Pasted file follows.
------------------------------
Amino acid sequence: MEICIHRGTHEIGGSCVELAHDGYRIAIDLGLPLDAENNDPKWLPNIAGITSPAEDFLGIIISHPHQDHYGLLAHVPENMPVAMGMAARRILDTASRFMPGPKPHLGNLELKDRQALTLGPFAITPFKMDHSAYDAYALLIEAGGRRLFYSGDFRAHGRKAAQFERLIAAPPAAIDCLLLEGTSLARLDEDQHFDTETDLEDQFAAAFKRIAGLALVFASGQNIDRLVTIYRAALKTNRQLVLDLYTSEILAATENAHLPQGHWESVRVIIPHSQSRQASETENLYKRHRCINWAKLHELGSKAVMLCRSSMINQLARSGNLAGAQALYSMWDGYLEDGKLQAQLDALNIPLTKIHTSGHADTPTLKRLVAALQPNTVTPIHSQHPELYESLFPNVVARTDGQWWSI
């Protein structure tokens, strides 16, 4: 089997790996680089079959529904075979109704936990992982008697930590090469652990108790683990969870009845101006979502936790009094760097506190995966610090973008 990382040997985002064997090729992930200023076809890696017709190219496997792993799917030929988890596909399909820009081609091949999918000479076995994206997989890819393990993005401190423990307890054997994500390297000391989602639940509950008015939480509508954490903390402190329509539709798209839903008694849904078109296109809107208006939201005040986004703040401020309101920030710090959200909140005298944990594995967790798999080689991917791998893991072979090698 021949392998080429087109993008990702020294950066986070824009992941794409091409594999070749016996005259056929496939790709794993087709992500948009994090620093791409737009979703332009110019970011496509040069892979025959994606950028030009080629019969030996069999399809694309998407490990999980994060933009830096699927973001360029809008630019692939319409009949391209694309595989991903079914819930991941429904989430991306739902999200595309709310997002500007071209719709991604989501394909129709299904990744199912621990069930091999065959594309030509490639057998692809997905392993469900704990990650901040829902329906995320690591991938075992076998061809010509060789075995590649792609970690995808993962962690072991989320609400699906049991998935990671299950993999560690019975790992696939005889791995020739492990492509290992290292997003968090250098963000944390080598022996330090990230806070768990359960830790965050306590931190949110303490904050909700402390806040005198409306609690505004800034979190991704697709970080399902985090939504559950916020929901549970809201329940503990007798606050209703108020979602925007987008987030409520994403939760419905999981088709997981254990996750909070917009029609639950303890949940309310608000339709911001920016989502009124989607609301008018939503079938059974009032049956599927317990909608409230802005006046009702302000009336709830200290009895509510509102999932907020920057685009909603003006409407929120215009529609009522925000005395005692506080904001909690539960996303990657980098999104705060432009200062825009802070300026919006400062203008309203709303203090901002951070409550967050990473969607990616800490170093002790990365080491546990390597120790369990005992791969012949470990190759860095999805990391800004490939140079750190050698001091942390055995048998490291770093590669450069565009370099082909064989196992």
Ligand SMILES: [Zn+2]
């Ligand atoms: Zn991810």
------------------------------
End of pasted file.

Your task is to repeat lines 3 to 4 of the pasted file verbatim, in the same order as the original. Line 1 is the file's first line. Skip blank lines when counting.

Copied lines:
Ligand SMILES: [Zn+2]
């Ligand atoms: Zn991810």